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syriac saints in november - kirk yacoub - 26-11-2007

This coming week is very important in the Syriac Orthodox Church.
Tuesday 27th November is the feast of ST JACOB M'FASKO (the Dismembered) who suffered a horrific martyrdom in 421 at the hands of the Persian Zoroastrians. Having renounced Christianity in order to attain great rank in government service, Jacob received a letter from his mother and wife, still true to the faith, in which he was rebuked for his apostasy and informed that they severed all ties with him. This letter broke his heart, but not in the worldly way that leads to despair, but in the same way that Christ broke bread. He repented very openly, was denounced and, because a man can only die once, the Persian Emperor decided, on the advice of Zoroastrian priests, that Jacob's death would be long, slow, and agonising. He was deprived of his limbs, toe by toe, finger by finger, arm by arm, leg by leg. With each severed part of his body, as his torturers discarded it, he sang praises to God. There are those who might doubt the authenticity of this, but we must always remember the rapturous joy that seizes martyrs during their trials. A fuller hagiography can be read, in French on <!-- w --><a class="postlink" href=""></a><!-- w -->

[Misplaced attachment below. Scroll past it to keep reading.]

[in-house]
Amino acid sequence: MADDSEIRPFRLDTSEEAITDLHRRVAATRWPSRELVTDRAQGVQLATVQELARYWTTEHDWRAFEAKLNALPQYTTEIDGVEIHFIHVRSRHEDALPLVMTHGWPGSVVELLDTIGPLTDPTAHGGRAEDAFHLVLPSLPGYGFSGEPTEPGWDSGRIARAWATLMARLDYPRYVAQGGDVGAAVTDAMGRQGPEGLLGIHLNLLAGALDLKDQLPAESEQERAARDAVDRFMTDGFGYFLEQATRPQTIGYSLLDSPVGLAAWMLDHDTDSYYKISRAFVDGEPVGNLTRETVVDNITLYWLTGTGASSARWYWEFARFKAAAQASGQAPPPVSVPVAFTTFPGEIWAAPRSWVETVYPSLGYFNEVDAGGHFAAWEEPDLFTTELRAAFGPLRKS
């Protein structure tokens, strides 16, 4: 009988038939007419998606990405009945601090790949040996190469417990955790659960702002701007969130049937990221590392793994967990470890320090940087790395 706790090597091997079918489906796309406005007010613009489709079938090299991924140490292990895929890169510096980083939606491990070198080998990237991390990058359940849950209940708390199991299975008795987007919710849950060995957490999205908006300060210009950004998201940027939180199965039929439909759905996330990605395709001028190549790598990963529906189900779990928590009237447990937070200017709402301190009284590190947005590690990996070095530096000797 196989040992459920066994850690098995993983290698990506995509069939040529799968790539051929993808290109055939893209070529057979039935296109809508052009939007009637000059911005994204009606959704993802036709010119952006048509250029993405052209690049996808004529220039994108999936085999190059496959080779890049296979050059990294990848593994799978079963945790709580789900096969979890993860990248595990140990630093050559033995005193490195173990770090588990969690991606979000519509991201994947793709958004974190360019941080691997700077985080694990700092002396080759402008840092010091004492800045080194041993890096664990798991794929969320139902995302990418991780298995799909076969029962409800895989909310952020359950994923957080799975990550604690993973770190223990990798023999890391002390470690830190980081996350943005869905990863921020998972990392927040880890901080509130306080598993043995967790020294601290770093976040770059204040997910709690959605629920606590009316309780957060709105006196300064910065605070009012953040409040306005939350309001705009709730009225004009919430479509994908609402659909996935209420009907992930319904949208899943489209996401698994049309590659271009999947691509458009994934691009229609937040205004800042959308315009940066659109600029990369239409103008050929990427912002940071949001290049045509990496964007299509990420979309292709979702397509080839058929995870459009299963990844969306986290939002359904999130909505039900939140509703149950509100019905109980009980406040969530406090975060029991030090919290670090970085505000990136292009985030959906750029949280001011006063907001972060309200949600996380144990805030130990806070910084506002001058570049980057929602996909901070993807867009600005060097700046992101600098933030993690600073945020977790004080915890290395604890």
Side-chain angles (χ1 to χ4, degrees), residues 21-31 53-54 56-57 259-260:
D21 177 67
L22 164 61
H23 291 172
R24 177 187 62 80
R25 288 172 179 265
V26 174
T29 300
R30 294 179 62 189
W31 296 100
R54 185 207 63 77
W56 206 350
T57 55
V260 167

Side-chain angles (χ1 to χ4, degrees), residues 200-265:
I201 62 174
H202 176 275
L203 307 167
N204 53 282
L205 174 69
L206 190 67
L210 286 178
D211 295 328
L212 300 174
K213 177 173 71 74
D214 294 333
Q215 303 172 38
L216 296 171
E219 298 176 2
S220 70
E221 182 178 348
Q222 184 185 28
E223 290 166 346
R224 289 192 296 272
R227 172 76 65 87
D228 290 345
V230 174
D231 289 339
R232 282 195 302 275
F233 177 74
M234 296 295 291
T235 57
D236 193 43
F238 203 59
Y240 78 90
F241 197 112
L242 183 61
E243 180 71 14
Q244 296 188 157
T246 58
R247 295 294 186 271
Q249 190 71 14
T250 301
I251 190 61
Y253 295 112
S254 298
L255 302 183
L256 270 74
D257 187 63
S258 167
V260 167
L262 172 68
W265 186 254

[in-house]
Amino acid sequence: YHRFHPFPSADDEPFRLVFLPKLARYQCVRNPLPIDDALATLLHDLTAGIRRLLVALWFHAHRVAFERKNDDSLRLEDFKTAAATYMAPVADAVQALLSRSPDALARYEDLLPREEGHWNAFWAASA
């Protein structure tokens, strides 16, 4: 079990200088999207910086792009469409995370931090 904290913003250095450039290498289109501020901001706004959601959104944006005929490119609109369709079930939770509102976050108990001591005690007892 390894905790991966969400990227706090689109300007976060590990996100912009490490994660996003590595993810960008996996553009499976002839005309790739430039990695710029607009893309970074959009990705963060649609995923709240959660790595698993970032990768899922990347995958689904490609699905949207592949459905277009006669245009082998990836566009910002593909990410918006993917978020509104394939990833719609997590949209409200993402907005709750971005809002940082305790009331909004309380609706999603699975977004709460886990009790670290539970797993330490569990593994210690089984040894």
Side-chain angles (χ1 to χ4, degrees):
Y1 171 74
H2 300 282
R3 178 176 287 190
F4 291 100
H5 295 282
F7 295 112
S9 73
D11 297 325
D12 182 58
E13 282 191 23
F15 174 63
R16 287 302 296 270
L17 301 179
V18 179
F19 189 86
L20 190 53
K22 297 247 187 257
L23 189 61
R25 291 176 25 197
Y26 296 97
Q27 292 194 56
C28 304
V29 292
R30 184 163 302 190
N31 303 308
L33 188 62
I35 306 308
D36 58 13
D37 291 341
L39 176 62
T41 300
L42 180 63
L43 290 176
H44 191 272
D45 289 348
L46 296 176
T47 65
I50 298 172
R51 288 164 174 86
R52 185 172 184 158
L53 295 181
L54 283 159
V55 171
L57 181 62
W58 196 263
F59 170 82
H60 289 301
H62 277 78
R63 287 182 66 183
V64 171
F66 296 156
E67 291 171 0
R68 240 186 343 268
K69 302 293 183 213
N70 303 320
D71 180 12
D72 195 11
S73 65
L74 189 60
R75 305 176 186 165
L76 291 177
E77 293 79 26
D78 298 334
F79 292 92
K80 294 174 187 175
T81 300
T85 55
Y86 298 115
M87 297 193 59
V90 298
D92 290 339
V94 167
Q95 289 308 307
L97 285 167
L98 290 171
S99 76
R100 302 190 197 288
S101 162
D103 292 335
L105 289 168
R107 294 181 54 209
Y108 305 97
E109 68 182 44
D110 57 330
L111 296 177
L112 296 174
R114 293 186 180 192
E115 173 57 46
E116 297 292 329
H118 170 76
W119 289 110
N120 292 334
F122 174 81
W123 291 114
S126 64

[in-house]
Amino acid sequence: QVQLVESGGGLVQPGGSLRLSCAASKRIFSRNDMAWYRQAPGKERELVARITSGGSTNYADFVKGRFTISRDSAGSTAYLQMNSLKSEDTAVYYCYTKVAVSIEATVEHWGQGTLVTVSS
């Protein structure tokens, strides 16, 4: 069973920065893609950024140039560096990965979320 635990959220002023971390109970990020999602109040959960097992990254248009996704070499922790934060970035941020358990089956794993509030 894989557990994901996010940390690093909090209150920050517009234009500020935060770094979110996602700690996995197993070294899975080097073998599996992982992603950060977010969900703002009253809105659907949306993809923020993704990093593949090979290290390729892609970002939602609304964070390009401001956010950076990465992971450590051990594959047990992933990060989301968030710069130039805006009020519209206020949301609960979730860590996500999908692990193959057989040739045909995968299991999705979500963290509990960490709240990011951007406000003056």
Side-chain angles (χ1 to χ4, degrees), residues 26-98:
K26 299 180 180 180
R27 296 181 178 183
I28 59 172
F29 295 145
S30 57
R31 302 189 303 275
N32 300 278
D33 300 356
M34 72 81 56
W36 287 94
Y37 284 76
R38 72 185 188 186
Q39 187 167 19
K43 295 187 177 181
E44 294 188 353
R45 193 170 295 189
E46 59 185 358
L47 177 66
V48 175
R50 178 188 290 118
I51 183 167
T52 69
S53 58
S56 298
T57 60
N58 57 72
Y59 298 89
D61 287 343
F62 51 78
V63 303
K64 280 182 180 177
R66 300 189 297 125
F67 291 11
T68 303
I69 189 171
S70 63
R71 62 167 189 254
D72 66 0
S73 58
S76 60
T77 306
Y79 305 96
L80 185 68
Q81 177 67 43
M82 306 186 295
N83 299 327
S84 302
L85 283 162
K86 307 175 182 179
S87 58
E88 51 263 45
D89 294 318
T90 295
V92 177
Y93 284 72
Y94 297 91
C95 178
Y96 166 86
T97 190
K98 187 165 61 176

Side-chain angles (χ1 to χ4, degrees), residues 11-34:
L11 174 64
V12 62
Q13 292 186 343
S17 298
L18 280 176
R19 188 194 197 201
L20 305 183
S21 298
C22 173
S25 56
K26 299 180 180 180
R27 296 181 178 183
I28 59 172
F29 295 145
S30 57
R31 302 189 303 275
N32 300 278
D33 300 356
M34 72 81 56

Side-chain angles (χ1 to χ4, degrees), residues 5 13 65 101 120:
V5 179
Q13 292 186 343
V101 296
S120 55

On November 28th we celebrate the feast of MOR DIONYSIOS BAR SALIBI,
who died in 1171. One of the great figures of mediaeval Syriac Christianity, he had a prolific pen that was guided by the Holy Spirit. His Anaphora is used in the Syriac Church in Britain, and a translation of his
"Introduction to the Commentary on the Gospels can be read at
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On November 29th we celebrate the feast of ST JACOB OF SERUGH(451-521) one of the greatest poets of Syriac Christianity, second only to St Ephrem. He wrote over 700 verse prayers and homilies, most of which are, unfortunately, not yet translated. His great contribution to ecumenism was, when the battles over Christology were at their bloodiest height, to write a letter in which he stated that it was a serious waste of time to try to probe the depths of the Mystery of the Incarnation, because we cannot possibly truly express this reality in words, but rather we should always stand in wonder at the marvellous gift that God gave us, His Only-begotten Son. His "Homily on the Reception of the Holy Mysteries can be read at <!-- w --><a class="postlink" href=""> ... tracts.htm</a><!-- w -->

Kirk Yacoub

Syriac saints - John Charmley - 26-11-2007

dear Kirk,

very many thanks for these references. St. Jacob of Serugh speaks to many of the concerns we have expressed in this forum - the extracts at the website seem very apposite. How like sinful mankind to crave precise definitions of the indefinable - and then get agrey with each other when we fail.

In Christ,